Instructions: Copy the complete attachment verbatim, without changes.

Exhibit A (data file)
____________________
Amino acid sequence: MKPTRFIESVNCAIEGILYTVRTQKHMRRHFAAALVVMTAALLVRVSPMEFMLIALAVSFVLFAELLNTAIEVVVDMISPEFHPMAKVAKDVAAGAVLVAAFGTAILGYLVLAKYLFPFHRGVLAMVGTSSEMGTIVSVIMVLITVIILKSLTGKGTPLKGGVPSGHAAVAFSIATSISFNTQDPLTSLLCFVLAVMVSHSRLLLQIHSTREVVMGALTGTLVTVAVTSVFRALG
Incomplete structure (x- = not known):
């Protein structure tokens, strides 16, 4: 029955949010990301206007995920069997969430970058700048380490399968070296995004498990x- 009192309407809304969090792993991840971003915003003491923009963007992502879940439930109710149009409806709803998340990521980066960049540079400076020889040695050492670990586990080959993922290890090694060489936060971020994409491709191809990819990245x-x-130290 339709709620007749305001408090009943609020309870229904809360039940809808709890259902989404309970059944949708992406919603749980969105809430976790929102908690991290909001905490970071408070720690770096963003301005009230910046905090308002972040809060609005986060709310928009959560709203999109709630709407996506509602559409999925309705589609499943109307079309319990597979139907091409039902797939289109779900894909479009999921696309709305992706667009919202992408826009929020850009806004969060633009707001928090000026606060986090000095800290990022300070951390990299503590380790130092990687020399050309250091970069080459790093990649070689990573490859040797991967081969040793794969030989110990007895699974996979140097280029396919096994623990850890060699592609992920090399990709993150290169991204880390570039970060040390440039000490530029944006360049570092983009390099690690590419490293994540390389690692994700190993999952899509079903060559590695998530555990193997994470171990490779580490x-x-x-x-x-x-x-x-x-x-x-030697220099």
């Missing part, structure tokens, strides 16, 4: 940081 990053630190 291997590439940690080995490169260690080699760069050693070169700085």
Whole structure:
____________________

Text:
Amino acid sequence: MKPTRFIESVNCAIEGILYTVRTQKHMRRHFAAALVVMTAALLVRVSPMEFMLIALAVSFVLFAELLNTAIEVVVDMISPEFHPMAKVAKDVAAGAVLVAAFGTAILGYLVLAKYLFPFHRGVLAMVGTSSEMGTIVSVIMVLITVIILKSLTGKGTPLKGGVPSGHAAVAFSIATSISFNTQDPLTSLLCFVLAVMVSHSRLLLQIHSTREVVMGALTGTLVTVAVTSVFRALG
Incomplete structure (x- = not known):
């Protein structure tokens, strides 16, 4: 029955949010990301206007995920069997969430970058700048380490399968070296995004498990x- 009192309407809304969090792993991840971003915003003491923009963007992502879940439930109710149009409806709803998340990521980066960049540079400076020889040695050492670990586990080959993922290890090694060489936060971020994409491709191809990819990245x-x-130290 339709709620007749305001408090009943609020309870229904809360039940809808709890259902989404309970059944949708992406919603749980969105809430976790929102908690991290909001905490970071408070720690770096963003301005009230910046905090308002972040809060609005986060709310928009959560709203999109709630709407996506509602559409999925309705589609499943109307079309319990597979139907091409039902797939289109779900894909479009999921696309709305992706667009919202992408826009929020850009806004969060633009707001928090000026606060986090000095800290990022300070951390990299503590380790130092990687020399050309250091970069080459790093990649070689990573490859040797991967081969040793794969030989110990007895699974996979140097280029396919096994623990850890060699592609992920090399990709993150290169991204880390570039970060040390440039000490530029944006360049570092983009390099690690590419490293994540390389690692994700190993999952899509079903060559590695998530555990193997994470171990490779580490x-x-x-x-x-x-x-x-x-x-x-030697220099």
């Missing part, structure tokens, strides 16, 4: 940081 990053630190 291997590439940690080995490169260690080699760069050693070169700085």
Whole structure: